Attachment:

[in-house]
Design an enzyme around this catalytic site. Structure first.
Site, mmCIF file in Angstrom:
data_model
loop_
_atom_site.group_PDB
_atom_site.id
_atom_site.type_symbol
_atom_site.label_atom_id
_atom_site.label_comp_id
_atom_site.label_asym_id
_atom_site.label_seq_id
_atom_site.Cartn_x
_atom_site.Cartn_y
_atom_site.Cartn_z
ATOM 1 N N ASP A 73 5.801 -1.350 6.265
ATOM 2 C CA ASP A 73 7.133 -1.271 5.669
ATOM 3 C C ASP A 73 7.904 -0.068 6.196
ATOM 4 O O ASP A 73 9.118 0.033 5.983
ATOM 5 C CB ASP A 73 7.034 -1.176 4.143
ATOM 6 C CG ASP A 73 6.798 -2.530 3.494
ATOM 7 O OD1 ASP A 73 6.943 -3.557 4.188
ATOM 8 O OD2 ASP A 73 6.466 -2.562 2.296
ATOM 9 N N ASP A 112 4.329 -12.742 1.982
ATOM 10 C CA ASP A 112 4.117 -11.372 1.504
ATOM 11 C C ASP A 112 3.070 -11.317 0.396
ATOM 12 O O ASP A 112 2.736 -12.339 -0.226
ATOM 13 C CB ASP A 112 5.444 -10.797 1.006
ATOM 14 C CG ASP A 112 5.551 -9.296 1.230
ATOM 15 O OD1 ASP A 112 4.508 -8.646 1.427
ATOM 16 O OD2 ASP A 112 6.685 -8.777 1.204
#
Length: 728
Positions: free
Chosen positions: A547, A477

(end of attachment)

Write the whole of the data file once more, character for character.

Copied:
[in-house]
Design an enzyme around this catalytic site. Structure first.
Site, mmCIF file in Angstrom:
data_model
loop_
_atom_site.group_PDB
_atom_site.id
_atom_site.type_symbol
_atom_site.label_atom_id
_atom_site.label_comp_id
_atom_site.label_asym_id
_atom_site.label_seq_id
_atom_site.Cartn_x
_atom_site.Cartn_y
_atom_site.Cartn_z
ATOM 1 N N ASP A 73 5.801 -1.350 6.265
ATOM 2 C CA ASP A 73 7.133 -1.271 5.669
ATOM 3 C C ASP A 73 7.904 -0.068 6.196
ATOM 4 O O ASP A 73 9.118 0.033 5.983
ATOM 5 C CB ASP A 73 7.034 -1.176 4.143
ATOM 6 C CG ASP A 73 6.798 -2.530 3.494
ATOM 7 O OD1 ASP A 73 6.943 -3.557 4.188
ATOM 8 O OD2 ASP A 73 6.466 -2.562 2.296
ATOM 9 N N ASP A 112 4.329 -12.742 1.982
ATOM 10 C CA ASP A 112 4.117 -11.372 1.504
ATOM 11 C C ASP A 112 3.070 -11.317 0.396
ATOM 12 O O ASP A 112 2.736 -12.339 -0.226
ATOM 13 C CB ASP A 112 5.444 -10.797 1.006
ATOM 14 C CG ASP A 112 5.551 -9.296 1.230
ATOM 15 O OD1 ASP A 112 4.508 -8.646 1.427
ATOM 16 O OD2 ASP A 112 6.685 -8.777 1.204
#
Length: 728
Positions: free
Chosen positions: A547, A477